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    Jeannie L. Johnson

    Prepared for:

    Defense Threat Reduction Agency Advanced Systems and Concepts Office

    Comparative Strategic Cultures Curriculum Contract No: DTRA01-03-D-0017, Technical Instruction 18-06-02

    This report represents the views of its author, not necessarily those of SAIC, its sponsors, or any United States Government Agency

    31 October 2006


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    Strategic Culture: Methodologies for a Research Program Jeannie L. Johnson


    Much has been written to establish the utility of strategic culture analysis in forecasting

    problems and improving policy performance in international relations. It is regarded by most of

    its advocates as a supplement to realism, neo-realism and constructivism theory. Where realism

    posits that state actors behave rationally, strategic culture analysis points out that rational

    behavior is culturally dependent. Values weighed by a rational actor in a cost/benefit analysis

    are often ideational as well as material and cannot be accurately assessed without a substantive

    knowledge of the actors preferences. That knowledge, complex and messy as it is to obtain, is a

    worthy pursuit. This essay is an effort to systematize, in part, a strategic culture research

    program that can move us closer to that goal.

    As pointed out in Jeffrey Lantis superb article, strategic culture suffers from lack of a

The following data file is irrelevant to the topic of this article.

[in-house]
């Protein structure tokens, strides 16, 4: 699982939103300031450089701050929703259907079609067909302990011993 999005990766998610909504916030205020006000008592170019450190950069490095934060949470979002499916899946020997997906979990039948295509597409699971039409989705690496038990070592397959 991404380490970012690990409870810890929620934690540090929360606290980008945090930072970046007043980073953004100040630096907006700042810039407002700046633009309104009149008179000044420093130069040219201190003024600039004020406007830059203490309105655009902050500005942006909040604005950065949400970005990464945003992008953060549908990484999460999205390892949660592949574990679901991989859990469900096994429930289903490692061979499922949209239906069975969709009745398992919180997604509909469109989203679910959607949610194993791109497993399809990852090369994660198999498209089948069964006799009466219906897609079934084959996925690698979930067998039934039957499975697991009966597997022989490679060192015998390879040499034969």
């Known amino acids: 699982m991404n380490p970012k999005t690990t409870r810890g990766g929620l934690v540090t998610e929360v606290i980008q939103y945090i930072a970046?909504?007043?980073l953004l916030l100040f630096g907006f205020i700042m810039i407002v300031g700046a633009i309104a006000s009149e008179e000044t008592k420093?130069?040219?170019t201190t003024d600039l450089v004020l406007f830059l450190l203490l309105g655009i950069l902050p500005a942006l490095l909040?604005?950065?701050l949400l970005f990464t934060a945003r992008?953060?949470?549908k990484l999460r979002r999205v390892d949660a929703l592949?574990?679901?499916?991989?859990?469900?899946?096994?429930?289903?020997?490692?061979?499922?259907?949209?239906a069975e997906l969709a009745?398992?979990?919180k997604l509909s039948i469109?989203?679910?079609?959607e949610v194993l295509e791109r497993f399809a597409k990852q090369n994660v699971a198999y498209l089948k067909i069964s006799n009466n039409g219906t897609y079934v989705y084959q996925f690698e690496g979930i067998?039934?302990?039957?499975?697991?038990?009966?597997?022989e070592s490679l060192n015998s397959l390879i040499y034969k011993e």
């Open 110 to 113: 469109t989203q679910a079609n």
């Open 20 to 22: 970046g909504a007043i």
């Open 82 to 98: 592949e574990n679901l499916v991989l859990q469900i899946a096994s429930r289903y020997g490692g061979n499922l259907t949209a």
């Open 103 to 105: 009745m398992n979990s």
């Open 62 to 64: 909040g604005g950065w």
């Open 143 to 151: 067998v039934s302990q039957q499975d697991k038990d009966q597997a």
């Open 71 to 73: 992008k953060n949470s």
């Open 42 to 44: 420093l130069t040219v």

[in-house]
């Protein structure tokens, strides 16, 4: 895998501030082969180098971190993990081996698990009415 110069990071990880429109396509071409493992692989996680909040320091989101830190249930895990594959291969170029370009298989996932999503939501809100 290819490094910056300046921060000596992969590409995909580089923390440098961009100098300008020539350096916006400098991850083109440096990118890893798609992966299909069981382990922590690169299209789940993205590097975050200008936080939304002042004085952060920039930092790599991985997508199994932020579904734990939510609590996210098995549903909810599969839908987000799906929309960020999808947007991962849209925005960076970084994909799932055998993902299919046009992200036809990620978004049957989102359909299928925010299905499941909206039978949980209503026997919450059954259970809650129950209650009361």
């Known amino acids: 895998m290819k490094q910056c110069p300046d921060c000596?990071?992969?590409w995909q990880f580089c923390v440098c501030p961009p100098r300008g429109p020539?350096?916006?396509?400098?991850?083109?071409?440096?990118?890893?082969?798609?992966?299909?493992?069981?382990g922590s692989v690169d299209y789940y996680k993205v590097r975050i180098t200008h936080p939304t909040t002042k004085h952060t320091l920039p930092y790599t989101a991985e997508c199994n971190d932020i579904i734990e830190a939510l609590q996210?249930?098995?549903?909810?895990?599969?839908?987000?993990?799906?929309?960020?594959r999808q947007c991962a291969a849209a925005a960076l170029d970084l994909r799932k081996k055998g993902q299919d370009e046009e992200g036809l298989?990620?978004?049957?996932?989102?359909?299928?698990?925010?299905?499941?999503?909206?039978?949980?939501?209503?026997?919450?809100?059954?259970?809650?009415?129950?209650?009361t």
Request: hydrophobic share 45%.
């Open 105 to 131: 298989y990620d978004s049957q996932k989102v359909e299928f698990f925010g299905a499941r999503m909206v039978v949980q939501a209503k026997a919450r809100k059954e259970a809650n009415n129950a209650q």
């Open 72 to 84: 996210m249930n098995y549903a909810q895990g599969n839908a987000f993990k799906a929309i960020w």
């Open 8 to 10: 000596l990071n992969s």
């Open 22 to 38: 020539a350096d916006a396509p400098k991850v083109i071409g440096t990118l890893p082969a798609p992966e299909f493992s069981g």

defined set of assumptions or codified theoretical construct. The agreed upon foundation for

    strategic culture consists mainly of a consensus on including culture as a variable in analyzing

    foreign policy and security decisions. The purpose of this essay is to combine the wisdom of our

    case study authors and the patterns which surfaced in their work in order to come to some

    consensus on how, exactly, to pursue the study of strategic culture. We will examine the

    analytical approach used to construct our case studies, consider lessons learned, and propose

    efforts toward further refinement.


    Given the prominent role that weapons of mass destruction (WMD) play in international

    security concerns, we selected country cases that would highlight states of particular interest to

    our U.S. government sponsor with regards to WMD decision-making. Our authors were asked to

    investigate the influence of strategic culture on state decisions to adhere to WMD related

    international norms, or to acquire, proliferate, or use biological, chemical or nuclear weapons.

    The United States was selected as a baseline case, and one that would touch on use, international

    norms, and an extended period of non-use. Russia and China add to the baseline dimension.

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    These two states provide highly researchable cases, since area experts, government specialists,

    and academicians devoted extensive time and resources to understanding their WMD histories,

    inner workings, and decision-making structures during the Cold War. An obvious choice for

    inclusion are two nuclear aspirants currently making headlinesIran and North Korea. Their